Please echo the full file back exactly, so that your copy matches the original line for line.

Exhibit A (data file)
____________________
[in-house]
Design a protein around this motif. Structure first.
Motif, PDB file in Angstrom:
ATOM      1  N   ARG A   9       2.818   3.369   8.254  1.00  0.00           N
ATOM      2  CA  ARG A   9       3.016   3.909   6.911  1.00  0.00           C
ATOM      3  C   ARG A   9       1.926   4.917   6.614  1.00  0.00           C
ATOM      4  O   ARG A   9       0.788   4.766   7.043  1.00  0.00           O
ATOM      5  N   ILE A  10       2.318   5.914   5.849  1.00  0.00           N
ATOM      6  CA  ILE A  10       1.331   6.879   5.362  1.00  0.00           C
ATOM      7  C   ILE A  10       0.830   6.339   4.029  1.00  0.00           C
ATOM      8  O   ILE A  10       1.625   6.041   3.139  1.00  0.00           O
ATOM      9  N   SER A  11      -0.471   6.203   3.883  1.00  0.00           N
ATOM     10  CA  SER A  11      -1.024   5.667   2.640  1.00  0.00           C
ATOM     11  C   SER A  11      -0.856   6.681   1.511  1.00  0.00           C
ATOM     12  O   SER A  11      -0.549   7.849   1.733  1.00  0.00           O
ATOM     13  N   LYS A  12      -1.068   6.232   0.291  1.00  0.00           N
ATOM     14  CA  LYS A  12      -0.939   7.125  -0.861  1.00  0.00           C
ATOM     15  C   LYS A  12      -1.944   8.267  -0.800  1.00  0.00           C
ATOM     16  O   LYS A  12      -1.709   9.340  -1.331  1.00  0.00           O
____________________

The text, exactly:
[in-house]
Design a protein around this motif. Structure first.
Motif, PDB file in Angstrom:
ATOM      1  N   ARG A   9       2.818   3.369   8.254  1.00  0.00           N
ATOM      2  CA  ARG A   9       3.016   3.909   6.911  1.00  0.00           C
ATOM      3  C   ARG A   9       1.926   4.917   6.614  1.00  0.00           C
ATOM      4  O   ARG A   9       0.788   4.766   7.043  1.00  0.00           O
ATOM      5  N   ILE A  10       2.318   5.914   5.849  1.00  0.00           N
ATOM      6  CA  ILE A  10       1.331   6.879   5.362  1.00  0.00           C
ATOM      7  C   ILE A  10       0.830   6.339   4.029  1.00  0.00           C
ATOM      8  O   ILE A  10       1.625   6.041   3.139  1.00  0.00           O
ATOM      9  N   SER A  11      -0.471   6.203   3.883  1.00  0.00           N
ATOM     10  CA  SER A  11      -1.024   5.667   2.640  1.00  0.00           C
ATOM     11  C   SER A  11      -0.856   6.681   1.511  1.00  0.00           C
ATOM     12  O   SER A  11      -0.549   7.849   1.733  1.00  0.00           O
ATOM     13  N   LYS A  12      -1.068   6.232   0.291  1.00  0.00           N
ATOM     14  CA  LYS A  12      -0.939   7.125  -0.861  1.00  0.00           C
ATOM     15  C   LYS A  12      -1.944   8.267  -0.800  1.00  0.00           C
ATOM     16  O   LYS A  12      -1.709   9.340  -1.331  1.00  0.00           O